Easier reporting of social housing data

July 2022
Project length
Ten months
GDS project phases
Alpha and Beta

Reducing the burden for busy housing officers when sharing vital data with central government.

There are millions of social housing properties in England. Whenever one is let or sold, the housing provider responsible has to submit a report (known as a log) to DLUHC. This is not a pain-free process, especially for busy housing officers who’d rather be finding homes for families.

Our mission was to make it easier and quicker for data providers to submit valid social housing sales and lettings data first time.​

Rapid, agile design

When I joined the team, they had recently undergone an alpha assessment and had not met the service standard requirements. We needed to test and implement the best solution to this problem. Using the GOV.UK prototyping kit, I created a prototype and gathered user feedback to refine the design.

To further improve the submission process for housing logs, I implemented form design principles such as presenting one task per page and creating a clear starting point. I also developed the team’s ability to communicate the service process through detailed user journey maps.

I introduced a design history to document our decision-making process to ensure transparency and accountability. Just five weeks later, we were able to meet all the requirements for our alpha reassessment.

I joined the team shortly after their alpha assessment; unfortunately, they hadn’t met the requirements of the service standard. The team experimented with many hypotheses but none in-depth, so we needed to test their best solution idea quickly.

I built a prototype using the GOV.UK prototyping kit. This allowed us to test many different journies and iterate improvements rapidly. Prototyping in code also allowed us to improve the accessibility of the front end without having to build a back end.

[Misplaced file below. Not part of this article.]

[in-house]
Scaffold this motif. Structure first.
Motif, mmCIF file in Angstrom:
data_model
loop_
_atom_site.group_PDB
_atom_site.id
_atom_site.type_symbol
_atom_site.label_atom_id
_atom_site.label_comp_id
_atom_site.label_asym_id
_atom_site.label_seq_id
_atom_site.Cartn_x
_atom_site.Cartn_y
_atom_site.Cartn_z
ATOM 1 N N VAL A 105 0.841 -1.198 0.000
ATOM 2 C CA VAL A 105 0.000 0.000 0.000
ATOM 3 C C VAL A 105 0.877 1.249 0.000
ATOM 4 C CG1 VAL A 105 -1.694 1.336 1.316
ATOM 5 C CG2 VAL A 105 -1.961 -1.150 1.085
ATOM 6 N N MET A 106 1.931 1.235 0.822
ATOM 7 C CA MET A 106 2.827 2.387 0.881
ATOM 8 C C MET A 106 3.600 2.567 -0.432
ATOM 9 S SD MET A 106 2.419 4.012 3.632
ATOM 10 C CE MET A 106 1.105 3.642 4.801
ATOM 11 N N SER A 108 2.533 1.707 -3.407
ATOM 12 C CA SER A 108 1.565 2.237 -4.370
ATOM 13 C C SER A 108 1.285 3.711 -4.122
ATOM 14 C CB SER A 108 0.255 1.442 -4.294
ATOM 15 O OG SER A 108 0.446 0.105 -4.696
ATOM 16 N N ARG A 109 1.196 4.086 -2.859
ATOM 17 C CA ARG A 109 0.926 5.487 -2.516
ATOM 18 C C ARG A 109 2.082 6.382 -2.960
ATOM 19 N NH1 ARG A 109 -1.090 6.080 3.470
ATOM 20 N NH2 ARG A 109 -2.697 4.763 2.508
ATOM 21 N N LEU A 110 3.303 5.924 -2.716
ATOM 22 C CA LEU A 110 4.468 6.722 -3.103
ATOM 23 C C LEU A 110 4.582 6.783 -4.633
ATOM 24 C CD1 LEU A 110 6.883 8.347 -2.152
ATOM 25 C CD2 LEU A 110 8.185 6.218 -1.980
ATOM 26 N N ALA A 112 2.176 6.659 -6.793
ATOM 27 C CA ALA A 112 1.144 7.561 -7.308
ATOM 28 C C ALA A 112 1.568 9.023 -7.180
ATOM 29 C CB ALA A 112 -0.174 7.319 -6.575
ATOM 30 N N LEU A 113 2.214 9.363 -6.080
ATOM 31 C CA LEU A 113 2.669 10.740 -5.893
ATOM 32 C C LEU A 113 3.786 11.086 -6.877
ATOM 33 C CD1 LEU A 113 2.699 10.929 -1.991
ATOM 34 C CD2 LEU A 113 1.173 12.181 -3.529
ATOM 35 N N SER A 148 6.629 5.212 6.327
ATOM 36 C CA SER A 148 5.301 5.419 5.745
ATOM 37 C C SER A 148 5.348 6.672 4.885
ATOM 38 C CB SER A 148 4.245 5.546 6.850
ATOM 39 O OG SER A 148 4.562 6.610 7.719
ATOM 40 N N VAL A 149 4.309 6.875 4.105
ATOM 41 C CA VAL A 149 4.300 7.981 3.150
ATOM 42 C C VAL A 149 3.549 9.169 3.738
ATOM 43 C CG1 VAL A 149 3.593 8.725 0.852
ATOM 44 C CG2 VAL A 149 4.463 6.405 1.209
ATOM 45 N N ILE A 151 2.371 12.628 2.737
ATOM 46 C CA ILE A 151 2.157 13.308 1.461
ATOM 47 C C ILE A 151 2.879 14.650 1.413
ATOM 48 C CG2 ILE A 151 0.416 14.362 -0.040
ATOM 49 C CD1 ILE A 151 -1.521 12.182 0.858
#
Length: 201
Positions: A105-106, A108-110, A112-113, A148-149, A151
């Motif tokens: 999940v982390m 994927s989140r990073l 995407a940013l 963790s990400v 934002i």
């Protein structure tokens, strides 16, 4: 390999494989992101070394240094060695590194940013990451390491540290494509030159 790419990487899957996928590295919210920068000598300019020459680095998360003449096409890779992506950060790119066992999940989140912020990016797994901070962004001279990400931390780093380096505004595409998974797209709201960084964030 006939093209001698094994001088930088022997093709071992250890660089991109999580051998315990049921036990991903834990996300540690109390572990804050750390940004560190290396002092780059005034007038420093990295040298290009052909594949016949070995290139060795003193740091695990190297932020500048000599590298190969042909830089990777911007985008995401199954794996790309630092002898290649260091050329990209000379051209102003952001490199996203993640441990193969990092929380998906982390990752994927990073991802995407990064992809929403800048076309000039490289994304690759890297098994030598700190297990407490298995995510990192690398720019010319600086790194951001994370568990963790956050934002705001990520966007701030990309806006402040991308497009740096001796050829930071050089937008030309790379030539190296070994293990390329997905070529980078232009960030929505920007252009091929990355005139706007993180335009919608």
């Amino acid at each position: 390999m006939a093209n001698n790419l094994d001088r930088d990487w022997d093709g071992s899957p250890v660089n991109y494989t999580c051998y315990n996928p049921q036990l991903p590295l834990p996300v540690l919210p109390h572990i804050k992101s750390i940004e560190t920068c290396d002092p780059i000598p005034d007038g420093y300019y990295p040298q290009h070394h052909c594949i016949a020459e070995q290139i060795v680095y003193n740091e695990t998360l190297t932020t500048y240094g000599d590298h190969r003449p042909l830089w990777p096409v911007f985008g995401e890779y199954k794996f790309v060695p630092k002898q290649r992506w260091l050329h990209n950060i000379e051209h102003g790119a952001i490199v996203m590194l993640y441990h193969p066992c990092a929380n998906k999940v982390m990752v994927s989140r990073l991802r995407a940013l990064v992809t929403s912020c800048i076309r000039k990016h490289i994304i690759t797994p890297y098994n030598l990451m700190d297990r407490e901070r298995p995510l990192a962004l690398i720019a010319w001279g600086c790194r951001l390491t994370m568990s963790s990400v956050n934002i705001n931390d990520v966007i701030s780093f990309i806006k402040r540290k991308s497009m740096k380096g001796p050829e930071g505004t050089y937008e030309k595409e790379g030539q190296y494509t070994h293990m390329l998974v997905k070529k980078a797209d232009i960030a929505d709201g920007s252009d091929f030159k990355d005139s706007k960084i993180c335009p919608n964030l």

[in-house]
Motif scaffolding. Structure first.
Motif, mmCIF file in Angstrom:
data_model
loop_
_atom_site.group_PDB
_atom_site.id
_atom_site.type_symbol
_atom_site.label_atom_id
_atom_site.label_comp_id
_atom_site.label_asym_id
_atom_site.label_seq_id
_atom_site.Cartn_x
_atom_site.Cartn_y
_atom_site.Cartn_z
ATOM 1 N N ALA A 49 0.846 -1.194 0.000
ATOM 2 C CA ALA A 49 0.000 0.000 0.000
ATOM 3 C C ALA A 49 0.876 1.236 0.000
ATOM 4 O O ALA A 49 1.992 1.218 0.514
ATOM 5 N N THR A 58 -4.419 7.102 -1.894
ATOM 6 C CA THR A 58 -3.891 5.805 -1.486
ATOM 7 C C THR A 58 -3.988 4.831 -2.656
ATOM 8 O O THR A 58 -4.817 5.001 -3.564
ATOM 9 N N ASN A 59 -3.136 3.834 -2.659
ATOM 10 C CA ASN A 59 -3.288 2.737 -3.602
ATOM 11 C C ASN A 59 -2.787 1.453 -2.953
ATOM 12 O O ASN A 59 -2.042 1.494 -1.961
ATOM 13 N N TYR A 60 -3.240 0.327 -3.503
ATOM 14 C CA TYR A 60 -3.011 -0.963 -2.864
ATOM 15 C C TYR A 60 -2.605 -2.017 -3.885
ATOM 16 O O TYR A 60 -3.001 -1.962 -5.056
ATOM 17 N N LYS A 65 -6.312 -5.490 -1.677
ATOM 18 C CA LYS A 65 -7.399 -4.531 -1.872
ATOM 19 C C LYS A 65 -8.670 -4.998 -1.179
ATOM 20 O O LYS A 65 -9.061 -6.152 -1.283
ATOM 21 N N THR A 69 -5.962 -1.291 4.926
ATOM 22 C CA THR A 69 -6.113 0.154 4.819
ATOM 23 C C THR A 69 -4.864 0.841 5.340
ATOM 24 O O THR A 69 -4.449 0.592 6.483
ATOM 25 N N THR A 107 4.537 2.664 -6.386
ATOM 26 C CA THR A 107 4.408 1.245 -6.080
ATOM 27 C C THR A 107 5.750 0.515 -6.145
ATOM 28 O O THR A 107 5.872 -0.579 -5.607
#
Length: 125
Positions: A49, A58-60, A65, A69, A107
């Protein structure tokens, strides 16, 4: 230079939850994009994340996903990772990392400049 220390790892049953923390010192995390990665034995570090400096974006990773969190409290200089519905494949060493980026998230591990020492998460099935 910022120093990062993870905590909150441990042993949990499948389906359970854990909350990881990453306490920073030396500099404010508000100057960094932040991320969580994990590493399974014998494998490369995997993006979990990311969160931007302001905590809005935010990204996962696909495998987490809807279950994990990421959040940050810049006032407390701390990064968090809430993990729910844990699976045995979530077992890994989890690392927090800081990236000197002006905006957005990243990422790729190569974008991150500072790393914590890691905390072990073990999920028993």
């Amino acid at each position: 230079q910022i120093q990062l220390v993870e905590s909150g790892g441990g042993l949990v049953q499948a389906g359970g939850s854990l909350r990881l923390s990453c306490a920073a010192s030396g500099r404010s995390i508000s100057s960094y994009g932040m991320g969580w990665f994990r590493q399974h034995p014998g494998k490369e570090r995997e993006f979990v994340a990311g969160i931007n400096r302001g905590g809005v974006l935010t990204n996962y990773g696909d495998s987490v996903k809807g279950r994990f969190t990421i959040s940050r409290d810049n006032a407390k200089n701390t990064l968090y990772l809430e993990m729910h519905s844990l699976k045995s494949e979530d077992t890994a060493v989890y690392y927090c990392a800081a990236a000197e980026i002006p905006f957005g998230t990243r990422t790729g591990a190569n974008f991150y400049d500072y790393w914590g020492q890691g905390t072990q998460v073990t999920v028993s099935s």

I introduced form design concepts like one thing per page, a meaningful start page and a task list.

I then developed the team’s ability to communicate the service landscape by translating research into detailed user journey maps. This ensured we could better explain the end-to-end processes of submitting housing logs.

Finally, I introduced a design history, so we could record our decisions in the open.

Five weeks later, we met all the requirements for our alpha reassessment.

Asking better questions

The whole point of collecting data on social housing is so policymakers can make better policies. It’s the job of DLUHC’s Statistics Team to make meaning from data to help policymakers understand which policies work.

I started running “question co-design” sessions with the Statistics Team. After each workshop, we prototyped and tested the changes so we could make evidence-based decisions together at the next workshop.

By representing users in these sessions, we designed better questions that were more readily understood and collected the correct information. This led to better data overall. Win-win.

The co-design sessions were also brilliant for building rapport with the Statistics Team. They even started attending other research sessions and took an active role in synthesising the findings.

Later, the map also allowed us to bypass prototyping and test form changes directly in the service. This was possible because we’d tested our risky assumptions early and now could reliably ask easy-to-understand questions.

Solving a whole problem

Throughout my time on this project, my main focus was ensuring that we solved a whole problem for our users.

Using insights from user research, I mapped out activities such as “renting a property”, “doing admin”, or even “applying to be a housing provider”. I mapped out every journey we could think of related to social housing lettings and sales.

These maps allowed the team and stakeholders to consider where our service fit in users’ day-to-day lives and where we could have the most significant impact.

Jon brought critical leadership and service mapping skills to the team, and his deliverables consistently unlocked productivity for interaction designers, researchers and developers. He quickly built trust among stakeholders, was a thought partner for me as a product manager, and was a considerate, supportive and fun member of our multidisciplinary product team.
Sona Hathi, Senior Product Manager, DLUHC


Less burdensome log submission

By introducing good form-design principals, routing around irrelevant questions and improving question content, we massively simplified submitting a single log.

Passed alpha and beta assessments

By focusing on the user and following GDS standards, we met all the service standard requirements for alpha and beta assessments.

Costs reduced by 50%

By reducing customer support costs, the new service is projected to halve the running costs of the legacy service.

Cover photo Photo by Jay Mullings.